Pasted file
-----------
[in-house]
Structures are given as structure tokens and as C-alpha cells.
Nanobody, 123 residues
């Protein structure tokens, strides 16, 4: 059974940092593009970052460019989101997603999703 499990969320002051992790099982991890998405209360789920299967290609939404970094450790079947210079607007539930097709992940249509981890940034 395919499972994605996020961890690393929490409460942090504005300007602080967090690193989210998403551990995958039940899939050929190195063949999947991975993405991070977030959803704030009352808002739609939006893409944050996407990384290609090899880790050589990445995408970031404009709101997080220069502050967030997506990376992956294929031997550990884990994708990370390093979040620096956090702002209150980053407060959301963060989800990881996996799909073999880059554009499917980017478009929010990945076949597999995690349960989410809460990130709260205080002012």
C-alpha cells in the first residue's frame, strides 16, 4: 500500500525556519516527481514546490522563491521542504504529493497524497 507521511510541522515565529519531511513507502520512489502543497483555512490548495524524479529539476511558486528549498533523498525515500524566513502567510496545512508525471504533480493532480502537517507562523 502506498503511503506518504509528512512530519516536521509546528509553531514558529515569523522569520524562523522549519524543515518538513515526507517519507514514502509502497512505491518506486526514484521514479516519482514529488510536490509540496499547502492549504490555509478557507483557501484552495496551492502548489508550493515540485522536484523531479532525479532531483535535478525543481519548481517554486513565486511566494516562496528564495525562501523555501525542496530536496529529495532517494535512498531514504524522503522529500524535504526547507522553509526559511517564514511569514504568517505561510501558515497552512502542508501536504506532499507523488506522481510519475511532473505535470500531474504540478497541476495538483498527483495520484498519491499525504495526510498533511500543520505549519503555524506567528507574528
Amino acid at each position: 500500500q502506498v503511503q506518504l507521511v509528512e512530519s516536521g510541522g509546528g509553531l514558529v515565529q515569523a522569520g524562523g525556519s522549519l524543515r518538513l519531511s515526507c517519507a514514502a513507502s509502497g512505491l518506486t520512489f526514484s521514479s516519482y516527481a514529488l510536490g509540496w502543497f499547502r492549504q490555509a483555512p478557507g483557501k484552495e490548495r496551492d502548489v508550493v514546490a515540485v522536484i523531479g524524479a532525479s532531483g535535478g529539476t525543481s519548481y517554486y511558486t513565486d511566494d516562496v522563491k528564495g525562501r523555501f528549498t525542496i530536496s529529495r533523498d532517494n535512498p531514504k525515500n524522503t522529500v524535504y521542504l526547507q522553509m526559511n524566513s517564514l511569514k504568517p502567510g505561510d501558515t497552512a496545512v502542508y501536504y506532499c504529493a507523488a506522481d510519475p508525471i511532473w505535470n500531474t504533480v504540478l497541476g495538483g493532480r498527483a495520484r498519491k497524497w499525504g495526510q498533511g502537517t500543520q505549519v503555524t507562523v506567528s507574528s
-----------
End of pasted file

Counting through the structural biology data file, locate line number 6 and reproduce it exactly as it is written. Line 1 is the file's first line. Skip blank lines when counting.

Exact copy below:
Amino acid at each position: 500500500q502506498v503511503q506518504l507521511v509528512e512530519s516536521g510541522g509546528g509553531l514558529v515565529q515569523a522569520g524562523g525556519s522549519l524543515r518538513l519531511s515526507c517519507a514514502a513507502s509502497g512505491l518506486t520512489f526514484s521514479s516519482y516527481a514529488l510536490g509540496w502543497f499547502r492549504q490555509a483555512p478557507g483557501k484552495e490548495r496551492d502548489v508550493v514546490a515540485v522536484i523531479g524524479a532525479s532531483g535535478g529539476t525543481s519548481y517554486y511558486t513565486d511566494d516562496v522563491k528564495g525562501r523555501f528549498t525542496i530536496s529529495r533523498d532517494n535512498p531514504k525515500n524522503t522529500v524535504y521542504l526547507q522553509m526559511n524566513s517564514l511569514k504568517p502567510g505561510d501558515t497552512a496545512v502542508y501536504y506532499c504529493a507523488a506522481d510519475p508525471i511532473w505535470n500531474t504533480v504540478l497541476g495538483g493532480r498527483a495520484r498519491k497524497w499525504g495526510q498533511g502537517t500543520q505549519v503555524t507562523v506567528s507574528s